• In The Field / SpotlightMarch 11, 2023
    SPOTLIGHT: JAVMA Viewpoint: Psychological implications of humane endings on the veterinary professionOn-farm conditions can vary greatly and can include responding to animal disease outbreaks. Such incidents evoke difficult decisions, including depopulation, or humane endings for livestock. Farmers, veterinarians, and other agricultural professionals can experience tremendous stress and trauma during these events. The Journal of the American Veterinary Medical Association (JAVMA) recently published a Viewpoint on the Psychological implications of humane endings on the veterinary profession. The article emphasizes the mental health impacts of the profession of veterinary medicine, particularly the impact of making end-of-life decisions regarding animals. [...]
  • In The Field / SpotlightMarch 11, 2023
    SPOTLIGHT: Electrical safety – Stay prepared & aware this spring!Spring brings even more activity to the farm, with preparation for fieldwork and the growing season, young livestock, and all the daily work that gets done. Take time to refresh on overhead and buried power lines and cables before moving augers or digging for your latest tile drainage. This article, republished from Safe Electricity, urges farmworkers to be aware of overhead power lines and to keep equipment and extensions far away from them. [...]
  • In The FieldMarch 9, 2023
    Pigs & Public HealthOn February 26, 2023, UMASH Director, Dr. Jeff Bender, discussed public health aspects related to African swine fever and global animal health with National Hog Farmer and Feedstuffs in their African Swine Fever iCOMOS webinar series. The discussion was moderated by Dr. Bruce Alexander, UMASH’s founding and former director. [...]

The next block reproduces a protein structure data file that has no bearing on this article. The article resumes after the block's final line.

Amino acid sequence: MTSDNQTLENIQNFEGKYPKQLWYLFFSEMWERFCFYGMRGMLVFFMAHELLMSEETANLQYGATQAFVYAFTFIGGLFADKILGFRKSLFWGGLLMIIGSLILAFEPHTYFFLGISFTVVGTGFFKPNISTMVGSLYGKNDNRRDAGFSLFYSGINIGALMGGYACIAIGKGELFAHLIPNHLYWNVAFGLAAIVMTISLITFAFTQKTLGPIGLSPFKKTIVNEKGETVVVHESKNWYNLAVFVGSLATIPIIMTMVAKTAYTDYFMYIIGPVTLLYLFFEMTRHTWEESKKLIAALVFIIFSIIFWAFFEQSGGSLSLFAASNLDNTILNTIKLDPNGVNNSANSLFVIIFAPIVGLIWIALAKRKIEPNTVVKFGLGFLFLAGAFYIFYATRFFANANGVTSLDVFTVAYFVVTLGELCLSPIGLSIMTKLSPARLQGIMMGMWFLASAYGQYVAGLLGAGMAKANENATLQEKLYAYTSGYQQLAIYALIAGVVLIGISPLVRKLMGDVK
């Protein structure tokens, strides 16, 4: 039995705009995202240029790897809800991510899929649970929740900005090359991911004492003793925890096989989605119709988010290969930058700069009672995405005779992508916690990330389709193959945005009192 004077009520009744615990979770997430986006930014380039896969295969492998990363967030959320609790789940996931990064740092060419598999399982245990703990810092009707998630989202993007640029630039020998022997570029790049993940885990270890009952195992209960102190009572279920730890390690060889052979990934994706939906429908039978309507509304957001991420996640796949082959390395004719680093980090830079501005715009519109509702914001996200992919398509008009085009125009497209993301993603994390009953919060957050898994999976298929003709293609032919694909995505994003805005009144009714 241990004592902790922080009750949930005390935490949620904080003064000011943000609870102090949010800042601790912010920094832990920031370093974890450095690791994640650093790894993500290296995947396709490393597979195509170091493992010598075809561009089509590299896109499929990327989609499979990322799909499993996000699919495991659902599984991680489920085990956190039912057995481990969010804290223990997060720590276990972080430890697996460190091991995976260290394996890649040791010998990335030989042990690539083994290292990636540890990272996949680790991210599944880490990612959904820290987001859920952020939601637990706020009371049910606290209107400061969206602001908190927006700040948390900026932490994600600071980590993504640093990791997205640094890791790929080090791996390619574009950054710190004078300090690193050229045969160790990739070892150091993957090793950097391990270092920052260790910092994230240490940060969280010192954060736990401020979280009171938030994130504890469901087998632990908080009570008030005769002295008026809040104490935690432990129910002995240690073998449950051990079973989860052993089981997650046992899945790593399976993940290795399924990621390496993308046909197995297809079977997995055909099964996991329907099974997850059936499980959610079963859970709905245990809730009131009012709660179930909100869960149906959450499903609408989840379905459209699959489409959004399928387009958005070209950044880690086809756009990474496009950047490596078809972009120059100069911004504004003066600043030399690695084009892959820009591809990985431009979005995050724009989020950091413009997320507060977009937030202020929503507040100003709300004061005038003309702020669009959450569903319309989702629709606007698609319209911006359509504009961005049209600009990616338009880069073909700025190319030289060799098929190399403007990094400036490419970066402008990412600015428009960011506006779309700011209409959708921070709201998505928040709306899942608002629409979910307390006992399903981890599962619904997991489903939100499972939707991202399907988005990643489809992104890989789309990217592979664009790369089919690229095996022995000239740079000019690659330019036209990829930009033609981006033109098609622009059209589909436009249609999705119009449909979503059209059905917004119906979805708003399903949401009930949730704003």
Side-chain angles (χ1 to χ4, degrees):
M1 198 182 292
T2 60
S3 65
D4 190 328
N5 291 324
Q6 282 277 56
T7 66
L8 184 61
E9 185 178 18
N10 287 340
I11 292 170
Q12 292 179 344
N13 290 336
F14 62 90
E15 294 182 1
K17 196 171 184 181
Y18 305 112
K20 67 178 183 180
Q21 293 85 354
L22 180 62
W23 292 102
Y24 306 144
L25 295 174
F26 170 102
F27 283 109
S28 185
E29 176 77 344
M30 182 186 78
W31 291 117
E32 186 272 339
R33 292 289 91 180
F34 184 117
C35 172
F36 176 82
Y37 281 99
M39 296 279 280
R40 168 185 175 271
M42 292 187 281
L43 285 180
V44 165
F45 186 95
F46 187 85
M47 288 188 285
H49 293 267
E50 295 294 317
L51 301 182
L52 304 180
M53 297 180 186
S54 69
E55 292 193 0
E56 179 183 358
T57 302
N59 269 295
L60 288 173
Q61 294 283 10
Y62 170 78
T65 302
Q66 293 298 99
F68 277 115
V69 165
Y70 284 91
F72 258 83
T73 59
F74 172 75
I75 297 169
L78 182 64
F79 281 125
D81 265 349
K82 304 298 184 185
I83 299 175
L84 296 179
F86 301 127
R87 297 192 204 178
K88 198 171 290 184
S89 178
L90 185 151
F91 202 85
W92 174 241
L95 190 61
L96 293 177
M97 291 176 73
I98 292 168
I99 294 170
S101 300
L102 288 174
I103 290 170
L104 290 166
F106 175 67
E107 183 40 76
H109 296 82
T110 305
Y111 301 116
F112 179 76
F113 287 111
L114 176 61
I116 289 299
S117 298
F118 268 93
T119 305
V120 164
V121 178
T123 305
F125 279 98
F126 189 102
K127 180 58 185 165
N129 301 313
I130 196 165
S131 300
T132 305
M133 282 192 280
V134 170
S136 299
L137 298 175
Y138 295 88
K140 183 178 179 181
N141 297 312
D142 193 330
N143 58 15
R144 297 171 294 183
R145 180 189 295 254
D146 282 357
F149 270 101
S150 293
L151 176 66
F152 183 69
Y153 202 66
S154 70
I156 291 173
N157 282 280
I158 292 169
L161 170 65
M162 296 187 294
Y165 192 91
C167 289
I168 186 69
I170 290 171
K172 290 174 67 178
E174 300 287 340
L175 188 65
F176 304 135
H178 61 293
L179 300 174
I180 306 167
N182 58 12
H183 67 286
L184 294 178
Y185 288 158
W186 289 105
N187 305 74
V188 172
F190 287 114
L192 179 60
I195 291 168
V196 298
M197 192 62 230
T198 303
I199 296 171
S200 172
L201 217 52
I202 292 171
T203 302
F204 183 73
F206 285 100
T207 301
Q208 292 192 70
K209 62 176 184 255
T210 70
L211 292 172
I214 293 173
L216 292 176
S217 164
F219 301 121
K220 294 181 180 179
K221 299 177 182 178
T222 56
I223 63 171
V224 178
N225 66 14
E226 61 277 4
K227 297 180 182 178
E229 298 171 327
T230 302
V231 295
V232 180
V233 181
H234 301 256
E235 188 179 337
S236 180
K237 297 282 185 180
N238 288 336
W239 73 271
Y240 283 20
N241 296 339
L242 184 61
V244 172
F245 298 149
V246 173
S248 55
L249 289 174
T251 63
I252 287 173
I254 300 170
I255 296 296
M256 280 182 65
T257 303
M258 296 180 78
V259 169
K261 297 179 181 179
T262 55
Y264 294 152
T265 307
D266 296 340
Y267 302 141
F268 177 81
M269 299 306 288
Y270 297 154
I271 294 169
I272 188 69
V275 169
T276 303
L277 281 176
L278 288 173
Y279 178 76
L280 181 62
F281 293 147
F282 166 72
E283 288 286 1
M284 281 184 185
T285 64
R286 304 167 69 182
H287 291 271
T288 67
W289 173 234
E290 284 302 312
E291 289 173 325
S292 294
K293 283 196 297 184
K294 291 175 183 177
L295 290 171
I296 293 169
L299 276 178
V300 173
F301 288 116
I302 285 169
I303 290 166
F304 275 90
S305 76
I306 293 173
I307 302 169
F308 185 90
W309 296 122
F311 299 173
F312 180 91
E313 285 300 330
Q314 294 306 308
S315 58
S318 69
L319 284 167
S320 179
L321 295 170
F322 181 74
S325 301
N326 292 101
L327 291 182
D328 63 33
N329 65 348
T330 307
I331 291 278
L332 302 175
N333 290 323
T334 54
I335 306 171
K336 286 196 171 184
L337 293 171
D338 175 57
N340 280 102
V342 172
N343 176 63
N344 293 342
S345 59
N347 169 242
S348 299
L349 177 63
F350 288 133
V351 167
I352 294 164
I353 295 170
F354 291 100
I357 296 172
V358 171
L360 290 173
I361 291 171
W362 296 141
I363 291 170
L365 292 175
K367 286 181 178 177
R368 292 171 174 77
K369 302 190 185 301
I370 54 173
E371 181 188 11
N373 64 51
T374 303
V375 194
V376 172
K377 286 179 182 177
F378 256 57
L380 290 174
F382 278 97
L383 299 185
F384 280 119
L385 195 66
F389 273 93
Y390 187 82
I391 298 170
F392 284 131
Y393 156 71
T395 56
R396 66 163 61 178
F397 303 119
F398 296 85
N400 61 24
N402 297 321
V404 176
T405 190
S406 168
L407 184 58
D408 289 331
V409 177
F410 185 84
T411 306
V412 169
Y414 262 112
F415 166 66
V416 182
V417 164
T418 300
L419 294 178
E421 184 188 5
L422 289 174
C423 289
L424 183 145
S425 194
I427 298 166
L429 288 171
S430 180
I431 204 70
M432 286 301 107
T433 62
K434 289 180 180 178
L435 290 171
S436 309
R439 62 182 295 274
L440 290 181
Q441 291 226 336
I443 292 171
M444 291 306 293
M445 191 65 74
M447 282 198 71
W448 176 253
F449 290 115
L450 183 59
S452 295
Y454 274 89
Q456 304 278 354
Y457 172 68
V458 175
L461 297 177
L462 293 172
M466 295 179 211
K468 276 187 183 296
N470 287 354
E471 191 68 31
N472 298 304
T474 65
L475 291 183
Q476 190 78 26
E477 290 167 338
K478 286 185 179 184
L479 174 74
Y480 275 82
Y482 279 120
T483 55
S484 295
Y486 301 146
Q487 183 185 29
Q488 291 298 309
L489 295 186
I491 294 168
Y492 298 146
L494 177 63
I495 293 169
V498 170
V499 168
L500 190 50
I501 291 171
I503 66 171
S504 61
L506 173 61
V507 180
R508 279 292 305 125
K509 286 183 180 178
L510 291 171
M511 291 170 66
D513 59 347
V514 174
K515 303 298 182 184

• In The FieldMarch 3, 2023
    Manure is risky business – we’re putting safety first!MARCH 2023 As a part of our Emerging Issues Program, UMASH has been working to understand and prevent injuries and fatalities related to manure management.  A recent study by UMASH and colleagues at the University of Minnesota Extension explored the self-reported occupational hazards of manure applicators in Minnesota. In October 2022, UMASH’s Devon Charlier and Carol Peterson were invited to share the results of this study as a part of a webinar for the Livestock and Poultry Environmental Learning Community (LPELC). This talk, as well as presentations from Dr. Rebecca Larson on manure emissions and from Dr. Dee Elils on zoonotic disease threats, can be viewed here. As we work to address this emerging issue, stay tuned on our website and sign up for our e-mail listserv to stay informed as we work to address this emerging issue in agricultural health and safety. [...]
  • In The Field / SpotlightMarch 1, 2023
    SPOTLIGHT: Lead the Way in Safety during ASAP Week 2023This year, ASAP Week is March 6-10 with a theme of “Lead the Way in Safety.” Each day of the week highlights a different agricultural health and safety focus. Check out UMASH resources for each day’s topic below, and use the promotional toolkit to share your own safety messages! [...]